Introduction to “Learning Me Your Language”

Philip Holden

Wang Gungwu is best known as a historian of the Chinese diaspora in Southeast Asia, and for a stellar academic career commencing at the University of Malaya in Singapore and culminating in periods as Vice Chancellor of the University of Hong Kong, and Director of the East Asia Institute, National University of Singapore. Like many of his contemporaries, however, Wang was a young adult at a turbulent time when modern Southeast Asia was being made during the period of decolonization immediately following the Second World War. The University of Malaya, where Wang studied during his undergraduate years from 1949 to 1952, was caught up in this process. Its new name, replacing those of its colonial predecessors Raffles College and the King Edward College of Medicine, pointed to the future of an independent Malaya. Yet the process of decolonization, especially for members of the Anglophone elite who attended the university, was also riven with conflict. By 1948, the brief “Malayan Spring” of post-War political pluralism had given way to the Malayan Emergency, a conflict in which Marxist guerillas conducted an insurgency against the colonial state.

Writing in the student magazines The Cauldron and its successor The New Cauldron, undergraduates at the University debated the shape that the new Malayan nation that would take; like later governments in Singapore and Malaysia after 1965, they strove to imagine a new national culture that might emerge after colonialism and that would reflect the multicultural nature of the new nation-state. An editorial in The New Cauldron called for “a courageous attempt at synthesis” of all the different “tributary traditions” that had been kept apart by a colonial plural society (“The Way to Nationhood” 6). Central to such synthesis would be the evolution of a common Malayan language that “would arise out of the contributions these communities” might “make to the linguistic melting pot.” This language would then “wait for a literary genius” to give it “voice and a soul, a service which Dante performed for the Italian language” (5). These hopes might seem naive given the hindsight that history now affords, yet they did give rise to attempts to write poetry that responded directly to a Malayan environment, mostly in English, but also initially in the artificial interlanguage of “Engmalchin,” incorporating English, Malay, and Chinese, the three most dominant languages in Malaya at that time.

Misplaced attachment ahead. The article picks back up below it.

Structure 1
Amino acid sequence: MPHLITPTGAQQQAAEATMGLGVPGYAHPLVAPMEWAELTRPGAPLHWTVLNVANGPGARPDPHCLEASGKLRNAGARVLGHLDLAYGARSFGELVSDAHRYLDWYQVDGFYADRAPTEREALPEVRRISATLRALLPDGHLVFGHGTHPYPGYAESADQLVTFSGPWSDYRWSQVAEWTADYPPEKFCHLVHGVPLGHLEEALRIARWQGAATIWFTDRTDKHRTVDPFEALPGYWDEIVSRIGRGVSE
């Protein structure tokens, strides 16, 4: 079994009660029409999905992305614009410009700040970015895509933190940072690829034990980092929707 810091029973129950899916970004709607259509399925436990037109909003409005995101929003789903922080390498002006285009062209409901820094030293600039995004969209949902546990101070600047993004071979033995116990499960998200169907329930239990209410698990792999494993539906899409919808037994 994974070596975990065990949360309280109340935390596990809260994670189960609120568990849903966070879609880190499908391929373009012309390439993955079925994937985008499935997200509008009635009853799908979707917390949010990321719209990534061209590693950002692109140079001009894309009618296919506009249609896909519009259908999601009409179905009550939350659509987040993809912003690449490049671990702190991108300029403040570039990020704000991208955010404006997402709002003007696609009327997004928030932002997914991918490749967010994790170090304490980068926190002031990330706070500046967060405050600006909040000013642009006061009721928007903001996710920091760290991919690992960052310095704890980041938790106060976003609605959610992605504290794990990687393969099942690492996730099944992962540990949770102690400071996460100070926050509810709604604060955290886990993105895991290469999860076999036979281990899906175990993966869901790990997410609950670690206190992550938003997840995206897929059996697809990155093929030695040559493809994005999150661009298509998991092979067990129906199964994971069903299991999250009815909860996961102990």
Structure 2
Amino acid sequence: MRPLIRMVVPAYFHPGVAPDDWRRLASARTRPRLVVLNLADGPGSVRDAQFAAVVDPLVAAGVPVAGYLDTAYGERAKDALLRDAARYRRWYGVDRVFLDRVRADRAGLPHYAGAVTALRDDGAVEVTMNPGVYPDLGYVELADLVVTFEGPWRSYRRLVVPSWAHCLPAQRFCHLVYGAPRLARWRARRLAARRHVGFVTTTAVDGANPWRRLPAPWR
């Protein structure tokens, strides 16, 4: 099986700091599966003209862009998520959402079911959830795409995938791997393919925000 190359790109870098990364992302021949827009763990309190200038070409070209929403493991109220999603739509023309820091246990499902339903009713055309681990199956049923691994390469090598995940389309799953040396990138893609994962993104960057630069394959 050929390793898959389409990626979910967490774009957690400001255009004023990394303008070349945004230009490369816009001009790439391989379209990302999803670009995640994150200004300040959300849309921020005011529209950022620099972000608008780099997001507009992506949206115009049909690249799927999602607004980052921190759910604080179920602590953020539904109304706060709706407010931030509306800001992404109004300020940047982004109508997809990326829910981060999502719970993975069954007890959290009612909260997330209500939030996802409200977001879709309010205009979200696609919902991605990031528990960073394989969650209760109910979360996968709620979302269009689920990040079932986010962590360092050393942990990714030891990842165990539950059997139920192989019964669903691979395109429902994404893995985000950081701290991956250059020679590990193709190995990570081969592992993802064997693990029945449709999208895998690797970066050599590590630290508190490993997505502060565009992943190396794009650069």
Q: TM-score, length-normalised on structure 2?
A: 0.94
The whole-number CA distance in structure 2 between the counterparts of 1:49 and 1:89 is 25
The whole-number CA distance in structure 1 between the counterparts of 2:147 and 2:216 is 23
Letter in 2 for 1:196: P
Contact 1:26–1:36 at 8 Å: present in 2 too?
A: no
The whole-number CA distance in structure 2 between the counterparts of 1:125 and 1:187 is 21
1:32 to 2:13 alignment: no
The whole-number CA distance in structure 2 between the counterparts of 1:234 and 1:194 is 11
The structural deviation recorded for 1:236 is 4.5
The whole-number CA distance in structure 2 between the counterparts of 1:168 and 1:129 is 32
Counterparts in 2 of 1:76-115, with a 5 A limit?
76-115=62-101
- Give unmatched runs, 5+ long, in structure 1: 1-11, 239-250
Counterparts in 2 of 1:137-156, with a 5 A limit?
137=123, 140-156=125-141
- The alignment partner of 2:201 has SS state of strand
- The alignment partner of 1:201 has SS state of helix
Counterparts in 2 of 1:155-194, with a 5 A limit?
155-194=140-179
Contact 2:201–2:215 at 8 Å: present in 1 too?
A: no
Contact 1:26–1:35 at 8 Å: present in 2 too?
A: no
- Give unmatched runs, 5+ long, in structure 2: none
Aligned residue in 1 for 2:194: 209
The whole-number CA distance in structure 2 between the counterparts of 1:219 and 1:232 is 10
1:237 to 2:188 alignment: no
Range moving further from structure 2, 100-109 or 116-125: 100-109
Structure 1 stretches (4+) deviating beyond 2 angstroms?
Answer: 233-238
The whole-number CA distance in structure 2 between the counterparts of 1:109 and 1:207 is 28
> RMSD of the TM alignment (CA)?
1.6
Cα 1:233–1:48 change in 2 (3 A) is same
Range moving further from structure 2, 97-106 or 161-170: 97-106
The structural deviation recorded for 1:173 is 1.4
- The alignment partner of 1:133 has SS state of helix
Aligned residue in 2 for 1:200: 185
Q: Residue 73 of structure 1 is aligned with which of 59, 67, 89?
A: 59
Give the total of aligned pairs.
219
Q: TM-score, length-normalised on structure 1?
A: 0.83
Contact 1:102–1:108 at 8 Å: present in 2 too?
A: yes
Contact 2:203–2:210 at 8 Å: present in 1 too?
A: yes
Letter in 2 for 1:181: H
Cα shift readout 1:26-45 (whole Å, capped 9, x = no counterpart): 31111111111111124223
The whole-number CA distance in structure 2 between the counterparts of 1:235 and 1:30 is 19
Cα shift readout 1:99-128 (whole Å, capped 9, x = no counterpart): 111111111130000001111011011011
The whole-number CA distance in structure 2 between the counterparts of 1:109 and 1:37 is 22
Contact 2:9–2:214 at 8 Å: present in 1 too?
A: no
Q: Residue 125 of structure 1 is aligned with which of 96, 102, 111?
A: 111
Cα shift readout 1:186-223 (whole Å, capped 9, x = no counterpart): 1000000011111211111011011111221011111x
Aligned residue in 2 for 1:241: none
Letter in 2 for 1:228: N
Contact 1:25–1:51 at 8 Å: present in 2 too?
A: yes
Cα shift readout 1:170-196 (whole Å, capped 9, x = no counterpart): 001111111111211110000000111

Wang’s poetry collection Pulse, published in 1950, was perhaps the most lasting achievement of all the university poets. As Wang himself was to remark in retrospect in his article “Trial and Error in Malayan Poetry,” the project the poetry undertook was perhaps too ambitious, and the quality of writing is uneven. Yet Wang’s unique position among his fellow students as someone who was functionally trilingual (he published poems in Chinese and Malay, as well as those predominately in English) made his contribution unique. His first poem, “Moon Thoughts,” for instance, draws on imagery from both Chinese and British traditions, mixing imagery from Tang poetry with that from the English Romantics, and adding local “coffee dregs” and “rubber trees” to negotiate with, at times awkwardly, an “impure” cultural environment. Later poems, such as “Three Faces of Night,” are more successful in the complex manner in which they represent a Malayan urban landscape and a multilingual environment, using devices such as direct translation (“cool tea” for the Chinese liang cha 凉茶), or phonetic transcription (“fun” for fen 粉 rice noodles). The best poems in the collection express in equal measure both the exhilaration and the uneasiness of a rapidly changing society emerging from colonialism. Other English-language poets in Malaya, and later in Malaysia and Singapore would follow, and produce more substantial oeuvres, but Wang’s contribution has lasting value as the first collection of English-language poetry to attempt to articulate a distinctively Malayan voice.

Work Cited:

“The Way to Nationhood.” The New Cauldron. Hilary Term, 1949-1950. 3-6.

Philip Holden is associate professor in the Department of English Language and Literature at the National University of Singapore, teaching and researching Singaporean and Southeast Asian Literatures. He is also currently vice president of Singapore Heritage Society.